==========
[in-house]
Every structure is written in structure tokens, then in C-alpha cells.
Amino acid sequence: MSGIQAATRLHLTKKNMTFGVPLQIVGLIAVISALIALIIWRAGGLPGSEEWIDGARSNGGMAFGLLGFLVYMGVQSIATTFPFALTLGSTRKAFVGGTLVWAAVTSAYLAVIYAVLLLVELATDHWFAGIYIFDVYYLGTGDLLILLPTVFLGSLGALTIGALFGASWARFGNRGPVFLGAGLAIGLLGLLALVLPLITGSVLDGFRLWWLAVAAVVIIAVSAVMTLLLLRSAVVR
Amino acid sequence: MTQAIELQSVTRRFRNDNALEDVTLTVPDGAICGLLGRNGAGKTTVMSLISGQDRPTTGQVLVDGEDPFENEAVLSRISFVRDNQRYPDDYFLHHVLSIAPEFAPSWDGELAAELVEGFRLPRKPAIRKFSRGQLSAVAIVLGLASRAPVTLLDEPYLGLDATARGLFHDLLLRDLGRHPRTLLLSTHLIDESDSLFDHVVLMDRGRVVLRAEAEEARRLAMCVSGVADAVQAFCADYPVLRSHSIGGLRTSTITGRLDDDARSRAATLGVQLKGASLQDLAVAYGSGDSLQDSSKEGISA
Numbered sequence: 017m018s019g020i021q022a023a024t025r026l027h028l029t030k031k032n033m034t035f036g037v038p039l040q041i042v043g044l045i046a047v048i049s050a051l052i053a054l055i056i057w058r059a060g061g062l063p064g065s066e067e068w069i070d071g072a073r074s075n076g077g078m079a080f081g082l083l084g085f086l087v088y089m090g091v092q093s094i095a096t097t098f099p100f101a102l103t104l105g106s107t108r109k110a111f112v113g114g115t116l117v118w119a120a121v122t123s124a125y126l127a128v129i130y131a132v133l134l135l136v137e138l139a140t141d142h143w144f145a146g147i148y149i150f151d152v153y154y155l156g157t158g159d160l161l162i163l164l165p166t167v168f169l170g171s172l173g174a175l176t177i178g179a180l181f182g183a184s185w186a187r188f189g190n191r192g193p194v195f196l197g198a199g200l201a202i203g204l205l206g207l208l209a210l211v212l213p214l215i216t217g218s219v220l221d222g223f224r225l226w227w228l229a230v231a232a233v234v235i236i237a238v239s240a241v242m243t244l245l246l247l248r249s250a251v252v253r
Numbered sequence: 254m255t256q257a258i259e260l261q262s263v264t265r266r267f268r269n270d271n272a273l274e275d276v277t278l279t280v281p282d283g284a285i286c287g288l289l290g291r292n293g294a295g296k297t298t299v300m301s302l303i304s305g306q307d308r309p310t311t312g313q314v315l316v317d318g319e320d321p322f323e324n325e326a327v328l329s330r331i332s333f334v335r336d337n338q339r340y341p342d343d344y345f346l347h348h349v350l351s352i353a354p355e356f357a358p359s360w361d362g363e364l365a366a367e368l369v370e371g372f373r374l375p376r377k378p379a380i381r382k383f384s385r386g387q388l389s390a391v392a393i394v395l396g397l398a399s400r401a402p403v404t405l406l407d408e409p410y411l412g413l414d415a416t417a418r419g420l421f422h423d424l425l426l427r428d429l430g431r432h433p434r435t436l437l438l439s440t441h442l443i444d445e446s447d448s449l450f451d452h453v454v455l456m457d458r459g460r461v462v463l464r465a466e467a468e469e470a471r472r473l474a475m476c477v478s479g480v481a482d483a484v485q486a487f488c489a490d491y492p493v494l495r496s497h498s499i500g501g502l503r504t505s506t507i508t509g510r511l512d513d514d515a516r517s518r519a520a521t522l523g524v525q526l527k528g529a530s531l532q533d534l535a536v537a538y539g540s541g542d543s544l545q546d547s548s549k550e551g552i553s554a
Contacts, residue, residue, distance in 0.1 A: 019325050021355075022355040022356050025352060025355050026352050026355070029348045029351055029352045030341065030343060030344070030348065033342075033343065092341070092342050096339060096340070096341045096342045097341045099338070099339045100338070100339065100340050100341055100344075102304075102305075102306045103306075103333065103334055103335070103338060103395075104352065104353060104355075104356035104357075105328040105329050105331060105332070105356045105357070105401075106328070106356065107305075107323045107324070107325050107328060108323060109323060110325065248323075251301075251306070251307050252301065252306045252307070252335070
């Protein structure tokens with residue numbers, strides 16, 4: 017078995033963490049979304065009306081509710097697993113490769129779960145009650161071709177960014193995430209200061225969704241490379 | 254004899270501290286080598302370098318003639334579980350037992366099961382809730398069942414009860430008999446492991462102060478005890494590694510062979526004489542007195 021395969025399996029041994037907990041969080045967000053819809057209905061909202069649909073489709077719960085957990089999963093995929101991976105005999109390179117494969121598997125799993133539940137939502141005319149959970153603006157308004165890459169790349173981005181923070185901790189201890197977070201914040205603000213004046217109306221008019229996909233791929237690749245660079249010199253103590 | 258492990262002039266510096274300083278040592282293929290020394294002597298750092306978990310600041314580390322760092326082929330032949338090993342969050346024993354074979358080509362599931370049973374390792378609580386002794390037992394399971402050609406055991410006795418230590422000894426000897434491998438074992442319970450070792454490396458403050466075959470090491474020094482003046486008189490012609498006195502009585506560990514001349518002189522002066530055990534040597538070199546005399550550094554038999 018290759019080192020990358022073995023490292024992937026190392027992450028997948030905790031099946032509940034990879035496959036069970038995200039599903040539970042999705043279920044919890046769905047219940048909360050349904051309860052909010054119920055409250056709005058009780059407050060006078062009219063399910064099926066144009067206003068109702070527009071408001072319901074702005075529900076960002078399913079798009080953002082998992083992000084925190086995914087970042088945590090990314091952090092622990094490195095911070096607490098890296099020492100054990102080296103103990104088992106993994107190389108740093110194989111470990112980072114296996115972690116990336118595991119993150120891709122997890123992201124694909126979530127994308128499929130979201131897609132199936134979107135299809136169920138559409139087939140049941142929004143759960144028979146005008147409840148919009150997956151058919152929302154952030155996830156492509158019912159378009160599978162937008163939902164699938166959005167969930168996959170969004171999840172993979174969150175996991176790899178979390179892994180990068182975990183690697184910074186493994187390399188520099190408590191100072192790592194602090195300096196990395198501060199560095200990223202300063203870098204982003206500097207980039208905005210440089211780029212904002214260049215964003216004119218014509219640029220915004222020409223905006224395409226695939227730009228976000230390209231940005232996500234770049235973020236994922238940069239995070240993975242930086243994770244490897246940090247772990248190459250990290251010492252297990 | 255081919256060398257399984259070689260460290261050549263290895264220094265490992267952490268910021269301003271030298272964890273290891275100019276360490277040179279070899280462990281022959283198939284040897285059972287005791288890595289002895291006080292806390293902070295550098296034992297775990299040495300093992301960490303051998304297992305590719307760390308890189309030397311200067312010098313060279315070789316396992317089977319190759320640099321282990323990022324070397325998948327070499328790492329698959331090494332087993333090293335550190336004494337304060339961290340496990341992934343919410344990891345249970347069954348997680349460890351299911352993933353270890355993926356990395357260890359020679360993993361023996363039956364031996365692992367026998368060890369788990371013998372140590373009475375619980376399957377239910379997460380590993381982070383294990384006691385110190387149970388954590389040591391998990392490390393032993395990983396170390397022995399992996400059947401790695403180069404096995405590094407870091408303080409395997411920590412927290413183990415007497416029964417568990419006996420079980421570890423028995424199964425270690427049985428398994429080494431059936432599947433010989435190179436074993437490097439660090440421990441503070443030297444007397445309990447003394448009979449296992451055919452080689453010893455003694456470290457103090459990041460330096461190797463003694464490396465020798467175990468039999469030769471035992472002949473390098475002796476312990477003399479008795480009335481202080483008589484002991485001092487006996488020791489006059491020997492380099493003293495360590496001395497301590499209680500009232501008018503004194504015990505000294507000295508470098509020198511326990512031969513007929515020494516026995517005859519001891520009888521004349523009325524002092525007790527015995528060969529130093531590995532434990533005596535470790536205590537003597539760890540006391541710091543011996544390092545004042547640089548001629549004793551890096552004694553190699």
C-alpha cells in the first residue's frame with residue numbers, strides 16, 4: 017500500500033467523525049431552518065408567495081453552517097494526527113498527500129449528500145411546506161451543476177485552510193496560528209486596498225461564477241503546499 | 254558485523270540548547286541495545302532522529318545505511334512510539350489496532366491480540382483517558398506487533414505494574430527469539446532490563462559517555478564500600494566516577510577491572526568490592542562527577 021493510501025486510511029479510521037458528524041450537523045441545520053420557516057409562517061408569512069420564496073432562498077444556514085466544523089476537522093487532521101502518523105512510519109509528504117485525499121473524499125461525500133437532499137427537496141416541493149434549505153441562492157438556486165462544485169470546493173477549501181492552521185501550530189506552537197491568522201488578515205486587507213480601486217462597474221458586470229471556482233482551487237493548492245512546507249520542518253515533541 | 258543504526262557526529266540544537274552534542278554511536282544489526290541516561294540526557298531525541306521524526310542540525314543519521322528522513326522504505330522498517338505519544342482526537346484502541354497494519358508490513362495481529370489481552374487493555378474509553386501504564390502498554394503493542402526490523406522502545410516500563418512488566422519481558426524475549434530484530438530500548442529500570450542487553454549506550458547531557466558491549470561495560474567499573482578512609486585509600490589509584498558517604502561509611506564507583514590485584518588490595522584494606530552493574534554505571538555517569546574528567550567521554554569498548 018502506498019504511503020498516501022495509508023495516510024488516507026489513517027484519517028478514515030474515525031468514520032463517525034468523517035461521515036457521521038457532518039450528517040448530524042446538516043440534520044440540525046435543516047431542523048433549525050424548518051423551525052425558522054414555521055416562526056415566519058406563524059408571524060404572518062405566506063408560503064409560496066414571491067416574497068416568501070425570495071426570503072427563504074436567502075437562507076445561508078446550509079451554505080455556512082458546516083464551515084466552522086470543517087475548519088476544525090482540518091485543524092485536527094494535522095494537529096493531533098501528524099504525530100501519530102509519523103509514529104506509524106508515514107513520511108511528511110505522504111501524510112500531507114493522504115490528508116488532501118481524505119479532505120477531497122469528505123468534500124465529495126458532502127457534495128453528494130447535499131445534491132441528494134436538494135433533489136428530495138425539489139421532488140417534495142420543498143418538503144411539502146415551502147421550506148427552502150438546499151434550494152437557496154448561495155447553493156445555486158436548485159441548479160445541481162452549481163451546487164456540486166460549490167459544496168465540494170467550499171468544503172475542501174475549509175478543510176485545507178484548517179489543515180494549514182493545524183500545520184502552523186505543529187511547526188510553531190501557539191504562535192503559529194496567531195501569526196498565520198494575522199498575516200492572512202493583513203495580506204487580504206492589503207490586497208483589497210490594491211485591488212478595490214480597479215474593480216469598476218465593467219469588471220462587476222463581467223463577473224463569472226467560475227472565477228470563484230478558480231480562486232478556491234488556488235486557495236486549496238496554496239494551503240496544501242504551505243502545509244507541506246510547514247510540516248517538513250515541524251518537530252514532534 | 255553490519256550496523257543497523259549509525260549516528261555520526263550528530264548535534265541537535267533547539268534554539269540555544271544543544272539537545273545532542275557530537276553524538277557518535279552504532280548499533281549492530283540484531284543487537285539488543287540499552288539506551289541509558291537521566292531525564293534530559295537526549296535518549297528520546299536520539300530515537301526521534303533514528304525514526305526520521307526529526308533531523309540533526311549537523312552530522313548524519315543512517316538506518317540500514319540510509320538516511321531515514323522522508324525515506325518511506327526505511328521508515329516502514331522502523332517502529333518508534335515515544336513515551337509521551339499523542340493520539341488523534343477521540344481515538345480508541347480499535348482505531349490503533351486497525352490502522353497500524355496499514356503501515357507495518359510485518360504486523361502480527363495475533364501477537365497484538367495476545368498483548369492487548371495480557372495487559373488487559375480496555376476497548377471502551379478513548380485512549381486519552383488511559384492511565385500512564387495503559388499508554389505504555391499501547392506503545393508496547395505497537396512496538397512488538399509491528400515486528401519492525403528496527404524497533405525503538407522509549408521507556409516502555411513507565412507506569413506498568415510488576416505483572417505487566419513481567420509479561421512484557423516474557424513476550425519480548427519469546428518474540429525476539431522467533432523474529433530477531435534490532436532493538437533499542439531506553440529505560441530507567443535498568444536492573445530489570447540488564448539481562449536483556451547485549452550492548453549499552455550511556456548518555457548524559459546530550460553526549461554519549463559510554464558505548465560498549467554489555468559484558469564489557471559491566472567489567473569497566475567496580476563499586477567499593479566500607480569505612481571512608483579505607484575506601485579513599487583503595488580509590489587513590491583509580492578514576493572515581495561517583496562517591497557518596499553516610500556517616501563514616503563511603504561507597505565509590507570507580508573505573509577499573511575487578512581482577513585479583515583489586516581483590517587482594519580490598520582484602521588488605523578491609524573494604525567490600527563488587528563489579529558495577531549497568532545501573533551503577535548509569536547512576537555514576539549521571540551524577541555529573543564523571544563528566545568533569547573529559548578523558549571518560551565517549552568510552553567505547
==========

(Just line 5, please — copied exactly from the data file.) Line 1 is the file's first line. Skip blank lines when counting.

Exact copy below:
Numbered sequence: 017m018s019g020i021q022a023a024t025r026l027h028l029t030k031k032n033m034t035f036g037v038p039l040q041i042v043g044l045i046a047v048i049s050a051l052i053a054l055i056i057w058r059a060g061g062l063p064g065s066e067e068w069i070d071g072a073r074s075n076g077g078m079a080f081g082l083l084g085f086l087v088y089m090g091v092q093s094i095a096t097t098f099p100f101a102l103t104l105g106s107t108r109k110a111f112v113g114g115t116l117v118w119a120a121v122t123s124a125y126l127a128v129i130y131a132v133l134l135l136v137e138l139a140t141d142h143w144f145a146g147i148y149i150f151d152v153y154y155l156g157t158g159d160l161l162i163l164l165p166t167v168f169l170g171s172l173g174a175l176t177i178g179a180l181f182g183a184s185w186a187r188f189g190n191r192g193p194v195f196l197g198a199g200l201a202i203g204l205l206g207l208l209a210l211v212l213p214l215i216t217g218s219v220l221d222g223f224r225l226w227w228l229a230v231a232a233v234v235i236i237a238v239s240a241v242m243t244l245l246l247l248r249s250a251v252v253r